For the 2008-2009 season Wigan Athletic have produced a new badge based on an old fans’ favourite.

However, the first badge used by the club was the full arms of the County Borough Council of Wigan which were granted on the 28th April 1922.  It is certainly a very privileged coat of arms, as few if any coats bear so many symbols of royal favour.

In heraldic terms it is described thus:

ARMS: Gules a Castle with three towers Argent surmounted by a Crown composed of Fleur de Lis Or.

CREST: On a Wreath of the Colours in front of a King’s Head affrontee couped below the shoulders proper vested Gules crowned and crined Or a Lion couchant guardant Or.

SUPPORTERS: On either side a Lion Or holding in the exterior paw a Branch of Mountain Ash proper.


wigan_cbcThe castle is derived from the towered of castled gateway, that appears on the town’s earliest seal, dating from the 12th century.  The crown of fleurs-de-lis in the shield approximates to the type worn by Plantagenet kings.

The king’s head represents no particular king, but from Wigan’s point of view it seems to symbolise especially Henry I, whose likeness it is thought appears above the gateway in the above mentioned seal.

The Royal lion, again, marks another important period in Wigan’s history. Edward III, by charter of 1350, granted Wigan the right to use a royal seal known as the “King’s Recognaisance Seal”, on which was figured the King’s head and the royal lion.

The branches of mountain ash, known in northern dialects as the Wiggin or Wigan tree, form a rebus (a fancy name for a pun) on the name of the town. The wiggin tree, has tradition behind it, as it is a prominent feature of several of the town’s medieval seals.

The motto is in keeping with arms, with its many symbols of antiquity and royal favour.

These arms are now carried as the club badge of Wigan Warriors rugby league team who of course share the DW Stadium with Latics (the ground owners).  As a result we have a perhaps unique situation of Latics being, to my knowledge, the only club in the country who play at a stadium which carries prominently both their first and current badges.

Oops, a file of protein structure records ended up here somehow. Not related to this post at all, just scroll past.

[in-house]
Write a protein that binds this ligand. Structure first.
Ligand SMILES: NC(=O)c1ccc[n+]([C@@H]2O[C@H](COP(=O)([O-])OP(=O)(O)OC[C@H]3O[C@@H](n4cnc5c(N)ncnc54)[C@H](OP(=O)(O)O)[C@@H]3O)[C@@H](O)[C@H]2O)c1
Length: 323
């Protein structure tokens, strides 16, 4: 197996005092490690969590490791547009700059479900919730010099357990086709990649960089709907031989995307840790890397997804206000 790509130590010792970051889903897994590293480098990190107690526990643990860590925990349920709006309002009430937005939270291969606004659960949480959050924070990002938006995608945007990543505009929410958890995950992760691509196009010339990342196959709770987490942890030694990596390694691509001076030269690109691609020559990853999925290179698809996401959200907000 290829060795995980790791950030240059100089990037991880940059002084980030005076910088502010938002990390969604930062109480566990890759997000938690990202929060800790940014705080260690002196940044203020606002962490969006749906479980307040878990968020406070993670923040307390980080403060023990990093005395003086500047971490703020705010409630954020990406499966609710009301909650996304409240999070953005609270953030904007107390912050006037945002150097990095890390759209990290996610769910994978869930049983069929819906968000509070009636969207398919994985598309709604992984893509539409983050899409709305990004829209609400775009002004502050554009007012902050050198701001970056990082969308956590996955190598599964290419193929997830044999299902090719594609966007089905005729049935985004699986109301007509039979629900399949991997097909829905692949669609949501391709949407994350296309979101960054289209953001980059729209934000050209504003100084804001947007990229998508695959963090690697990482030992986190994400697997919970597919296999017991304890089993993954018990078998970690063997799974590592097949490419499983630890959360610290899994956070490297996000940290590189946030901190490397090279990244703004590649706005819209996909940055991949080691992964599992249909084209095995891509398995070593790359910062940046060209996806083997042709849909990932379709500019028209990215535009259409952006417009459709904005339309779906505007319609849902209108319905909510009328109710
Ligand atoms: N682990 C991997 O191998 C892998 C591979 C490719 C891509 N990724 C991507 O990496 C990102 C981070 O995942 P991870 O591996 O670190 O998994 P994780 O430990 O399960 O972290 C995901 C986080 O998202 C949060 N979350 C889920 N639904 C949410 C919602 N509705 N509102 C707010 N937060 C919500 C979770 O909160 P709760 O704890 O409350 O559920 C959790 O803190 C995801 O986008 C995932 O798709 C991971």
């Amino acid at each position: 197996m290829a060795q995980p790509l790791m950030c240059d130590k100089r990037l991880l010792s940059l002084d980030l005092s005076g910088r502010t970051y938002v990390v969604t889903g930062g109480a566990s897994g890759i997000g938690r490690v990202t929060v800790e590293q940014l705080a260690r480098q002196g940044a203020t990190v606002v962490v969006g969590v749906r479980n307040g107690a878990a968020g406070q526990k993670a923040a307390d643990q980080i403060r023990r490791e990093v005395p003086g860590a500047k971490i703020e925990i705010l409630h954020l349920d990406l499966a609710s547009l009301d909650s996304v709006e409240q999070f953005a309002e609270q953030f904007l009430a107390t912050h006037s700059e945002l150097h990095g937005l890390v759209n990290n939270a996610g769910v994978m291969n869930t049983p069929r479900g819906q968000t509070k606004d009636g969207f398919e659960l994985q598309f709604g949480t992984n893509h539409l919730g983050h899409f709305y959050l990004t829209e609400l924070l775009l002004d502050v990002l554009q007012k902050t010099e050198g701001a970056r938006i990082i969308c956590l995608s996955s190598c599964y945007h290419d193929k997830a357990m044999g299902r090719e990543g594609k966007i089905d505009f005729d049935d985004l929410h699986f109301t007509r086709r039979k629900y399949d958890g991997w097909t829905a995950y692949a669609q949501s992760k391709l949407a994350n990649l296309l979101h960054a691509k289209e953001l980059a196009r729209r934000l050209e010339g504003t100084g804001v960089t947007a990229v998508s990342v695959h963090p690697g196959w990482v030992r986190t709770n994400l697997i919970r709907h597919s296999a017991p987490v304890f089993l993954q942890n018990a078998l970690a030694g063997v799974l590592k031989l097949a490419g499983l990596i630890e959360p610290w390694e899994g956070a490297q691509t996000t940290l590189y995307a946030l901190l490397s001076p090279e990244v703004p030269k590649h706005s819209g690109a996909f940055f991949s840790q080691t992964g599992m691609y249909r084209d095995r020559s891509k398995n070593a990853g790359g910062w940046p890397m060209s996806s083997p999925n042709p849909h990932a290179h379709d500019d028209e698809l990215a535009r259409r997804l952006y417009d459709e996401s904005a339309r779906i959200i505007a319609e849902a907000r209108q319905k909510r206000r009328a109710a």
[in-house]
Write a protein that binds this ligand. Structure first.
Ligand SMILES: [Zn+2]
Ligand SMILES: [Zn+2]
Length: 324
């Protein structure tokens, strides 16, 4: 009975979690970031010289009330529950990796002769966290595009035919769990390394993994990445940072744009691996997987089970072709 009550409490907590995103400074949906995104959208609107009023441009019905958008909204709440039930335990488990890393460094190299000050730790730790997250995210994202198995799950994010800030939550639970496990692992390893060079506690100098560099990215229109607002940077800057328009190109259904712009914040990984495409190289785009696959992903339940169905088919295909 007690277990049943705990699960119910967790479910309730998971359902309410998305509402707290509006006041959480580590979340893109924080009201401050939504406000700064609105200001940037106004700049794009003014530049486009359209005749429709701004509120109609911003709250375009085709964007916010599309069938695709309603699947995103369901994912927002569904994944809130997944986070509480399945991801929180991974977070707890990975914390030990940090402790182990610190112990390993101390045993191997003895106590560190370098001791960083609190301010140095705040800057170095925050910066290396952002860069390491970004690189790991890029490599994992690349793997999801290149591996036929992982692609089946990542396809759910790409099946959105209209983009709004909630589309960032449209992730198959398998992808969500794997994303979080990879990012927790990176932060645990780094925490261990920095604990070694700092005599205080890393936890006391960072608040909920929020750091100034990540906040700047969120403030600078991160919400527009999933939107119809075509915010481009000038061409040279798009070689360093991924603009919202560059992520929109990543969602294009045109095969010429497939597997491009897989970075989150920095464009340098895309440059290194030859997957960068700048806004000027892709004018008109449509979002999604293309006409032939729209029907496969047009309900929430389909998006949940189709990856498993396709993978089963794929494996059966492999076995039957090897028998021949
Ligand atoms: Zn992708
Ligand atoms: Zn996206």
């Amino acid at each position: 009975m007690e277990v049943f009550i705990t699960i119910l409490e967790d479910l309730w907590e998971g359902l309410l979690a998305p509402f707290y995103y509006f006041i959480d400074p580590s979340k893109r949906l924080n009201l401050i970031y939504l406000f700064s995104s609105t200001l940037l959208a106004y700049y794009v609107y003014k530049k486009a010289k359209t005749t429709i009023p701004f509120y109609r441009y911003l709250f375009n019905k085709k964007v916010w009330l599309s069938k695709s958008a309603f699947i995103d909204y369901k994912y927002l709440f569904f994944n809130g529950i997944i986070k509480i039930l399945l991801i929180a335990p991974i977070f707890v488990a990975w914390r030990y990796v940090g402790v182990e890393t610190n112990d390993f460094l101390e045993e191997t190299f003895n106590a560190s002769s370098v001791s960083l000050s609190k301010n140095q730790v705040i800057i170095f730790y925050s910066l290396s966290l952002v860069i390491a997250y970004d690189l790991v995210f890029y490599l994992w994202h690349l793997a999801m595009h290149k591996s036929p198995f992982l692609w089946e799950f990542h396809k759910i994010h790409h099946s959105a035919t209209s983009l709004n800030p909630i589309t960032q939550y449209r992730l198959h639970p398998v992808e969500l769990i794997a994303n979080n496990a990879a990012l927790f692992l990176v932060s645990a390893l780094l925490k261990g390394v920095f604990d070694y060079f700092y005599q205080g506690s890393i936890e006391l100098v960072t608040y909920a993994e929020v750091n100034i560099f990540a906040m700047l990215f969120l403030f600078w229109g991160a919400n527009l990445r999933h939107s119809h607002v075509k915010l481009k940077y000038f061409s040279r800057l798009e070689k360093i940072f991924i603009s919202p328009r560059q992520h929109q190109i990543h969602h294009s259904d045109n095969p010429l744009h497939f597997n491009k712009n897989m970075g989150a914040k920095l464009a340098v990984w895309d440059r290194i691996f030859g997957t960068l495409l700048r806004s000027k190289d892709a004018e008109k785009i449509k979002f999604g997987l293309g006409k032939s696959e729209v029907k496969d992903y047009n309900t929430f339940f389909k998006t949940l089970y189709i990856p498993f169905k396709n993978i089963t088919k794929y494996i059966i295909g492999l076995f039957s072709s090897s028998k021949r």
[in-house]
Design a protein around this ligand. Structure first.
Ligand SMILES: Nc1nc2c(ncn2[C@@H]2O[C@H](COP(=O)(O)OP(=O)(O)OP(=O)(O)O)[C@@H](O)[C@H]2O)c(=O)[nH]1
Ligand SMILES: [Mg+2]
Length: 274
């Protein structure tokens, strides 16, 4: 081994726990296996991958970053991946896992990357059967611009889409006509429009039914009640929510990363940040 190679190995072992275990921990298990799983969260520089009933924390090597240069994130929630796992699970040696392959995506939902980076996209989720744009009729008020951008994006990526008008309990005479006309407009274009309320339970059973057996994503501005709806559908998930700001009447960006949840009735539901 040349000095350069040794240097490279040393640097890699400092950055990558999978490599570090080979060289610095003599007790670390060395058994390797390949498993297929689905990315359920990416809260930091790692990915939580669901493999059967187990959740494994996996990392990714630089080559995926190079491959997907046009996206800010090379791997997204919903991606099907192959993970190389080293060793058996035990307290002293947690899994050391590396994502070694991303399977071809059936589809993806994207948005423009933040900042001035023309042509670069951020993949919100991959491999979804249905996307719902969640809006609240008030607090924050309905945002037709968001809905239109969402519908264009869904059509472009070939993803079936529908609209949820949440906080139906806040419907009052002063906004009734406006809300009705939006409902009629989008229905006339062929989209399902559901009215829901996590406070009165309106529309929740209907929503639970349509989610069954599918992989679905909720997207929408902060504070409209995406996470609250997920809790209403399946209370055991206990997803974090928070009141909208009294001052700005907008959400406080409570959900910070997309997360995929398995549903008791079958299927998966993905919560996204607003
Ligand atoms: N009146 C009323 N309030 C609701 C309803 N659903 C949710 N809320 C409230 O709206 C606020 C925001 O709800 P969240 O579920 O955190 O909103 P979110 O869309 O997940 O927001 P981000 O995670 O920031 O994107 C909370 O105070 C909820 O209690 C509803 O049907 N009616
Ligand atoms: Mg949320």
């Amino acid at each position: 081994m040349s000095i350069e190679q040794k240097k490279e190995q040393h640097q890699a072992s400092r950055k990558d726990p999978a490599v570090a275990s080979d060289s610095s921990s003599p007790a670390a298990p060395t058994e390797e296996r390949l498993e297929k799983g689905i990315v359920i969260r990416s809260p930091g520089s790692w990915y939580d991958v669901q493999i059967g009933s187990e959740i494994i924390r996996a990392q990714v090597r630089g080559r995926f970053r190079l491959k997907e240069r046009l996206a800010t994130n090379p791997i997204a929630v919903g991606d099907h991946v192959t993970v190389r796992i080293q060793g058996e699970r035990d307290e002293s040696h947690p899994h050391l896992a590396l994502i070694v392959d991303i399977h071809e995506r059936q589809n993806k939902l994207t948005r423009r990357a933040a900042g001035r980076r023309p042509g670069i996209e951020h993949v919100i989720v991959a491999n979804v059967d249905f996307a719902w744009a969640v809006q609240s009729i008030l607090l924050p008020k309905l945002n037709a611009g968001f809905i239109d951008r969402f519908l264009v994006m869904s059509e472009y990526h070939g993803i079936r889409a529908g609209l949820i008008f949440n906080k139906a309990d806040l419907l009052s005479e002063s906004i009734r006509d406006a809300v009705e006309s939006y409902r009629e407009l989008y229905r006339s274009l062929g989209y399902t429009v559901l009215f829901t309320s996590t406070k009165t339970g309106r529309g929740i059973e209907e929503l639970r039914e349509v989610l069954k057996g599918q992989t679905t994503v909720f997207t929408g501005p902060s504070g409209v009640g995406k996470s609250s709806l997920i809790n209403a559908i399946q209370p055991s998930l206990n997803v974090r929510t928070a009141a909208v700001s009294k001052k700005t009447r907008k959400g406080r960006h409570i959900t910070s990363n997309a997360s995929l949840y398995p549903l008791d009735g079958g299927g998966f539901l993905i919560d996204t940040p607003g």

Betting tips for Wigan Athletic can be found on OmegaTipsters site, and there are some real fans prepared to share some great tips.

treeandcrownAround the time Latics gained League status they started using another badge, one which is still much favoured by the fans.  Known by all and sundry as the “Tree and crown” badge it displays two of the elements of the first badge – the crown of fleur de lis of the Plantagenets, and the wiggin tree.  The whole badge is surrounded by the club’s name.  It is a badge that is simple in design, but carries with it an older tradition.  A fine piece of design indeed.

However, for reasons best known to the club they changed in 1989 to using the arms of the Wigan Metropolitan Borough Council.  Fine and heraldic arms, but lacking the simple impact of the “Tree and Crown” badge.  Well, that’s my opinion anyway.

The arms are described in heraldic terms as:

badge_bigARMS: Lozengy Or and Sable each Lozenge Or charged with a Rose Gules barbed and seeded proper on a Chief Sable a Lion couchant guardant Or.

CREST: On a Wreath of the Colours in front of a Mountain Ash (Wiggin Tree) fructed proper a Castle triple towered Argent the centre tower ensigned by an Ancient Crown Or.

SUPPORTERS: On the dexter side a Lion crowned with an Ancient Crown Or and on the sinister side a Sparrowhawk close proper belled Or the whole upon a Compartment representing a Grassy Mount proper.


14 previous districts merged to form Wigan MBC, and the arms provide a composite of many of the distinguishing features of the old District Council arms.

The black diamonds (called lozenges), like those in the arms of the Atherton UDC, the Golborne UDC and the Hindley UDC, allude to coal mining. The red roses refer to the County of Lancashire, and also featured in the arms of Golborne and Hindley. The gold lion couchant (ie having a lie down) is taken from the crest of the County Borough of Wigan and features in one of the ancient seals of that borough.

The crowned castle is taken from the arms of the County Borough of Wigan, the castle and crown are also from one of the borough’s mediaeval seals – all of which we’ve described above. The mountain ash or Wiggin Tree is chosen as a pun on the name of the district. Branches of this tree are borne by the former Wigan supporters and the tree features in several of the borough’s mediaeval seals.

The crowned lion is derived from the former Wigan arms and crest and the sparrowhawk occurs in the arms of the Borough of Leigh and in the crest of the Atherton UDC, being derived from the arms of the Atherton family.

Wigan Athletic FC BadgeFor the 2008-2009 season however, their fourth in the Premier League, Latics went back to the much-loved Tree and Crown badge.

Slightly sharper than previously and including more modern design elements, as well as the date of foundation of the club, 1932.

A fine piece of design, and a good example of the club listening to the fans.